It's the 30th comment in a "he said, she said" post about the ridiculous Armond White v. J. Hoberman "kerfuffle" (that seems to be the most popular term for describing it) -- a beautiful defense of film criticism itself by the estimable F.X. Feeney:
The whole scrimmage that's been set up between internet critics and print critics operates on a false premise -- the idea that somebody is actually going to win this contest.
Speaking as one who has, at best, eked a marginal living in the racket since 1980 (I have no 401K to defend against the likes of Harry Knowles, and never have) I would like to point out that James Agee sets the standard NOT because he wrote "for print," but because he WROTE, period.
Film Criticism at its best is nothing more or less than the practice of literature. A humble corner of literature, to be sure -- but talent, depth of comprehension and communication are the arbiters of what's good and true. They always were, always will be. The topic is fleeting, and today's insight wraps tomorrow's fish, but the abiding joy comes of saying what you've experienced so truthfully and so well that strangers get your meaning whether they agree or not.
"Movie criticism of the elevated sort, as practiced over the past half-century by James Agee and Manny Farber, Andrew Sarris and Pauline Kael, J. Hoberman and Dave Kehr... is an endangered species..." -- Richard Corliss, Film Comment, 1990
Good gracious, film criticism is still dying all over the Internet again this week. Who's killing it this time? The usual suspects, depending on who you ask, ranging from "Siskel & Ebert" to "the bloggers." The quotation above was written 20 years ago, and that wasn't the first time its dire predictions were made. Now they've just become conventional wisdom, so people feel the need to repeat them every few hours. IFC.com reports that, at a UCLA panel discussion of filmmakers and critics following a screening of Gerald Peary's affectionate documentary overview of American film criticism, "For the Love of Movies," TIME magazine curmudgeon Richard Schickel announced, to no one's surprise, that he never loved them. That's right: No love from Mr. Schickel. None. (This is confirmed by his attitude toward Robert Altman.)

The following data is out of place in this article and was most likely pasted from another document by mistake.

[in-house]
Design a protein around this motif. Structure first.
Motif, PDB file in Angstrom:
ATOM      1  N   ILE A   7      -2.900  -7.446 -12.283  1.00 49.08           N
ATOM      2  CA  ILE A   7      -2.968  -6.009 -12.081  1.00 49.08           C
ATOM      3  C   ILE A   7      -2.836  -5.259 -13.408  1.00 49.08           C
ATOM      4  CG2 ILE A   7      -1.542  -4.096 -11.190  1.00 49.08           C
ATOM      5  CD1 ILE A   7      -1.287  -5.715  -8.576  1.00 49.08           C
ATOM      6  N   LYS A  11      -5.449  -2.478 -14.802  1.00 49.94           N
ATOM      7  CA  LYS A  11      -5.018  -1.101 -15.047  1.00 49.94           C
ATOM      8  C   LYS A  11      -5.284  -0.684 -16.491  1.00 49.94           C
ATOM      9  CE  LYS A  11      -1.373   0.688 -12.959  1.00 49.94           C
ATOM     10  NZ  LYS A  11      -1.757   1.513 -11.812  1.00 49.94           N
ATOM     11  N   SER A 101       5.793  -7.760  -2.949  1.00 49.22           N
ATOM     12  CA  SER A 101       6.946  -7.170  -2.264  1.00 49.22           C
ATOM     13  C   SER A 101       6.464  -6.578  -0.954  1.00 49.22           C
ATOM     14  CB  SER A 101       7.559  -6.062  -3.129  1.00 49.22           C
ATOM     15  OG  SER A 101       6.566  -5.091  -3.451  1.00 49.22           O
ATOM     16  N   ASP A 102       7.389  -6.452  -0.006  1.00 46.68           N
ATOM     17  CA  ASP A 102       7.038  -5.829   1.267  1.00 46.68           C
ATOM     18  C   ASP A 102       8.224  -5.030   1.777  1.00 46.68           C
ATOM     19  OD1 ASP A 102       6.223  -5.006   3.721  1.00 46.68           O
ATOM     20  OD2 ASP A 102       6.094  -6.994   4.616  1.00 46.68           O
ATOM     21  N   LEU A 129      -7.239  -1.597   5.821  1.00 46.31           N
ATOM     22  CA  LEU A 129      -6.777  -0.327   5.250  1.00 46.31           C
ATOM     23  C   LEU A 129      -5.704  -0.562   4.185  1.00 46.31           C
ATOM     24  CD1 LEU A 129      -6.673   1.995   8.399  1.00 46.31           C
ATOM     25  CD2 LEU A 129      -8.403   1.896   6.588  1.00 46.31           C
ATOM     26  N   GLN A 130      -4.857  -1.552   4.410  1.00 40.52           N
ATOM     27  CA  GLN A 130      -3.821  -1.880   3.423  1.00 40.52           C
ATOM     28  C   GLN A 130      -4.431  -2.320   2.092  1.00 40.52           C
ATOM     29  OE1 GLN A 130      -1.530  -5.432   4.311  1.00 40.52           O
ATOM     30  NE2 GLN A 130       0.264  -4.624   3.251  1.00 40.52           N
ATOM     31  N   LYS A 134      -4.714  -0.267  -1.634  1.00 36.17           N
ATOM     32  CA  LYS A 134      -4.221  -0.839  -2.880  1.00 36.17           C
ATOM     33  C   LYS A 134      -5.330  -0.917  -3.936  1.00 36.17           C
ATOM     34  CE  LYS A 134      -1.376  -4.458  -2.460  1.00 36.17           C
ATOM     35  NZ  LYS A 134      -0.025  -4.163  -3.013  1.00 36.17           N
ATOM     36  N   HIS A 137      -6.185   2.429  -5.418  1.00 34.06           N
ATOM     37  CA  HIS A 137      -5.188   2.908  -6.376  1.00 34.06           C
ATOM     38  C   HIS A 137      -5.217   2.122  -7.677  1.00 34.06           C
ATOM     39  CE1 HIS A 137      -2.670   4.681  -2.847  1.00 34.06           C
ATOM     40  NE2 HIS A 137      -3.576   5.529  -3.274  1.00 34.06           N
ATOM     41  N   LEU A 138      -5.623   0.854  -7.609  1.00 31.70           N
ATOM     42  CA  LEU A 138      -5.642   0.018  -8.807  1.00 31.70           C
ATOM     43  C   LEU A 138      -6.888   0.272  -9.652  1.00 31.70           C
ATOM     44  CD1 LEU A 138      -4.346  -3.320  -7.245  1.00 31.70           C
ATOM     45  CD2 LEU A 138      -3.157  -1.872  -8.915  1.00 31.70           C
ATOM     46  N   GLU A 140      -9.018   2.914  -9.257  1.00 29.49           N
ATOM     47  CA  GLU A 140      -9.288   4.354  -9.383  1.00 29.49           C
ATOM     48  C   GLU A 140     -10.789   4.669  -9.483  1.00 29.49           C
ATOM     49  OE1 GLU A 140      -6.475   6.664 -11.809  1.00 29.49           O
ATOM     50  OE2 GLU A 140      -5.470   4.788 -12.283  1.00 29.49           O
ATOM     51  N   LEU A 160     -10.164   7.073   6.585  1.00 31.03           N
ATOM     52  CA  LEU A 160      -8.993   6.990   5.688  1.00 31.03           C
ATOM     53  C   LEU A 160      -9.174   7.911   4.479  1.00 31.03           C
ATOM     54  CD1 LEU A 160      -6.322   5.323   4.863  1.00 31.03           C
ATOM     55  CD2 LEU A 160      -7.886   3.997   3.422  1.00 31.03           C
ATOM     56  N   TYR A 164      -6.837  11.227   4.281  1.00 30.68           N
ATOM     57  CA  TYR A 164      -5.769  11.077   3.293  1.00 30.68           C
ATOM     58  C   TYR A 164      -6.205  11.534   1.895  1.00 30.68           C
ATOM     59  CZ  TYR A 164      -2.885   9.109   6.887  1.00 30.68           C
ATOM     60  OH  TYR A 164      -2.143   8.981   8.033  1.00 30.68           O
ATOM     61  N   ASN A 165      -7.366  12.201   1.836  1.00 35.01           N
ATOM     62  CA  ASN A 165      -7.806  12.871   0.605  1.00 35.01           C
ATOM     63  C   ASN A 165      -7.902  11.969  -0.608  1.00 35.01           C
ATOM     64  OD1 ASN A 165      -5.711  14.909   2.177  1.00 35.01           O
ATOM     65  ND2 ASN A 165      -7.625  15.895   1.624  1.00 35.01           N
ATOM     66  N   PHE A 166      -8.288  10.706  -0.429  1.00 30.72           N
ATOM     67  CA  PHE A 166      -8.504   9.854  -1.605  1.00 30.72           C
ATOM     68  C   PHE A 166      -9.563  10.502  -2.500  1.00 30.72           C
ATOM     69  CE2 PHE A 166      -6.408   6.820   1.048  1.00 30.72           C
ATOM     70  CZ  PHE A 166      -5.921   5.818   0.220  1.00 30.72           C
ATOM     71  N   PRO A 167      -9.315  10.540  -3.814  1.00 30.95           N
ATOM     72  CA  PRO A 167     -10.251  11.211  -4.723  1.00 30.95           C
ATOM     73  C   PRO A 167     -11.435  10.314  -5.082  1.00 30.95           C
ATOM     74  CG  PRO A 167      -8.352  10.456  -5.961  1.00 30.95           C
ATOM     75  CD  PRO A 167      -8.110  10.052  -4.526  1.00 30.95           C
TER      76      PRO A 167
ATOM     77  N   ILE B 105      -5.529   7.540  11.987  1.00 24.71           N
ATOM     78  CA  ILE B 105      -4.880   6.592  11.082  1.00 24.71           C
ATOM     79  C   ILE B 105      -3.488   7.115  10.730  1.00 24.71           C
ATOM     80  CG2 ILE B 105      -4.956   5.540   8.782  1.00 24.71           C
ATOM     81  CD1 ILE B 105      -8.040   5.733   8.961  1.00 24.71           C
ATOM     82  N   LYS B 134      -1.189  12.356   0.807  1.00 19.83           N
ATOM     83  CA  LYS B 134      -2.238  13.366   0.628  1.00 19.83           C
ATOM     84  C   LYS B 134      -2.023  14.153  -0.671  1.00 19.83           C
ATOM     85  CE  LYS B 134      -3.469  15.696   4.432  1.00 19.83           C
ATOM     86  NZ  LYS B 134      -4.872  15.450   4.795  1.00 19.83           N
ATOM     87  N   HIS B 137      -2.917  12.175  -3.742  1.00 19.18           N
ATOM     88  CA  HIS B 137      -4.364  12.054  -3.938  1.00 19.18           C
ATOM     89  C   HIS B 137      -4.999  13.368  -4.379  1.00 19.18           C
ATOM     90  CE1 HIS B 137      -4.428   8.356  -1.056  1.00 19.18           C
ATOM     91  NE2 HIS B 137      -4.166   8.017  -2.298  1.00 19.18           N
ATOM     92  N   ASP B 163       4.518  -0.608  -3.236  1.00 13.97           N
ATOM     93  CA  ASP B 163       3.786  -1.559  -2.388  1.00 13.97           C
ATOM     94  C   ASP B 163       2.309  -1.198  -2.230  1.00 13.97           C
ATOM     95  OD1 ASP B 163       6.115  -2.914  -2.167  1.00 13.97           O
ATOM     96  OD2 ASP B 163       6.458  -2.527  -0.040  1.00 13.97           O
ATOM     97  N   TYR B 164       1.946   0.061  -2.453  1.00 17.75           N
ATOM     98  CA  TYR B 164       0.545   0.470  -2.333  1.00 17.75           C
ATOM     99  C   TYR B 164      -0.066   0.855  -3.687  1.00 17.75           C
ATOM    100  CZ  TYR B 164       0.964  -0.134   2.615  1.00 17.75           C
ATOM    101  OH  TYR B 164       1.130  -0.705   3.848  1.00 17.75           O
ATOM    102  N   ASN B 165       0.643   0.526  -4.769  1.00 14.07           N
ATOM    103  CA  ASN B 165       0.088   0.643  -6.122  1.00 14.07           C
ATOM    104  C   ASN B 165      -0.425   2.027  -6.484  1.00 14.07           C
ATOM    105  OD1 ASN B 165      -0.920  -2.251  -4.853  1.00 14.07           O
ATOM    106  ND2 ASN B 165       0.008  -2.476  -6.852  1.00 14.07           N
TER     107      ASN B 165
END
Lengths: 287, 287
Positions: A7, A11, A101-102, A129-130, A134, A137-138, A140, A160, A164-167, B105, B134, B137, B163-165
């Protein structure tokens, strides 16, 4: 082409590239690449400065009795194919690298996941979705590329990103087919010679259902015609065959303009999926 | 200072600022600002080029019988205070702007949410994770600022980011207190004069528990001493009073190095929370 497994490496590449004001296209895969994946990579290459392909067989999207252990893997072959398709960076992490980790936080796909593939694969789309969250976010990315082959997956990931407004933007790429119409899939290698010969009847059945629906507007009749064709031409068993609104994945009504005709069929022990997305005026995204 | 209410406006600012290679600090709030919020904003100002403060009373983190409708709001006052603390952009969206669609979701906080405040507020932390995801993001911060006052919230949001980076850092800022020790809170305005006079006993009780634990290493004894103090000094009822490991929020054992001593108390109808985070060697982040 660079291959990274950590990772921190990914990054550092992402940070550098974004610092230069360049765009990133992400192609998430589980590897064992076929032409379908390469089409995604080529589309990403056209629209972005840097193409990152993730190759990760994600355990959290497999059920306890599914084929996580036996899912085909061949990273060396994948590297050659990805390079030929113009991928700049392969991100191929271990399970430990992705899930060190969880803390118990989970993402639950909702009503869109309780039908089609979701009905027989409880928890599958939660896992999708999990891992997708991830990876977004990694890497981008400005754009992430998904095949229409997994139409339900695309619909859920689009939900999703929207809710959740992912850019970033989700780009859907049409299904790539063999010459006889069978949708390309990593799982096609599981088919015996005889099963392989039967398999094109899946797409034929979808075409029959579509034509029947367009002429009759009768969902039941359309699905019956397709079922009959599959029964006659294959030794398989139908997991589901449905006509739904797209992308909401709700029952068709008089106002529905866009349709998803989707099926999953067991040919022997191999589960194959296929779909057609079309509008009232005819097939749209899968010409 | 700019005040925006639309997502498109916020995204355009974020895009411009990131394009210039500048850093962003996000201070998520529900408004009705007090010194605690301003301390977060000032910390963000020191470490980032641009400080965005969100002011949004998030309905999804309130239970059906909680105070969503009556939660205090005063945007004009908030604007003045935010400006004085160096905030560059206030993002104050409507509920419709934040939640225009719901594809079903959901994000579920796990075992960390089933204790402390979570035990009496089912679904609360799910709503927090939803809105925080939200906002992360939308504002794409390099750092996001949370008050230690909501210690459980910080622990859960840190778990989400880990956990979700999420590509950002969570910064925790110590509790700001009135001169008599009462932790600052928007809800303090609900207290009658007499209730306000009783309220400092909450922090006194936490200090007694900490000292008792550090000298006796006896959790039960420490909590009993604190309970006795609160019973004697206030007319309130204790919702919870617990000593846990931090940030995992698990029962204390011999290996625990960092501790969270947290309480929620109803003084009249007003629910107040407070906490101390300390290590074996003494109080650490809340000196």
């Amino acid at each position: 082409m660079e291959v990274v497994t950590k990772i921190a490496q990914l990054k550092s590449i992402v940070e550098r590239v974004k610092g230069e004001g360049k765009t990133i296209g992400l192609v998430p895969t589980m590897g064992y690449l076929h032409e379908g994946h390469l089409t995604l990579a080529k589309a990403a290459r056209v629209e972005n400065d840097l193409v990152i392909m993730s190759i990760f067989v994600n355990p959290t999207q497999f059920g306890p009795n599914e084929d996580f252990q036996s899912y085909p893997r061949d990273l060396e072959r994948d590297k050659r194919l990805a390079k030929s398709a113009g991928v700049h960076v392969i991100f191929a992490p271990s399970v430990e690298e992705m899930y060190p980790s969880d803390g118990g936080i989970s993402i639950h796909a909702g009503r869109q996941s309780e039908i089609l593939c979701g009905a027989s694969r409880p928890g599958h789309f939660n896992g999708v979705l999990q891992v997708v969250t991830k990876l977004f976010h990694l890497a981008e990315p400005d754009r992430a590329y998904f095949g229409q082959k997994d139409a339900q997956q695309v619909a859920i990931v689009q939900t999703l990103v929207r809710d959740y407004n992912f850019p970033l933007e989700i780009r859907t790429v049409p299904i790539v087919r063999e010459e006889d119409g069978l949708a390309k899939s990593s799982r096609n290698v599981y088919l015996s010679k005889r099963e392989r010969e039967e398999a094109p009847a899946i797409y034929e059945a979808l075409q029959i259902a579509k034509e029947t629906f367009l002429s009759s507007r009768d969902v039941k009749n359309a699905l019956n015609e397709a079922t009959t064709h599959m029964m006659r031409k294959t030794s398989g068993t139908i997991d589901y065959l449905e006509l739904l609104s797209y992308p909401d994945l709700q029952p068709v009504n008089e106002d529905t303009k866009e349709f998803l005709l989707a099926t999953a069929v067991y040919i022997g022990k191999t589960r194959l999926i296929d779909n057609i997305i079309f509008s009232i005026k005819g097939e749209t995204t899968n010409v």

"Watching all these kind of earnest people discussing the art or whatever the hell it is of criticism, all that, it just made me so sad. You mean they have nothing else to do?" asked Schickel before adding, "I don't know honestly the function of reviewing anything."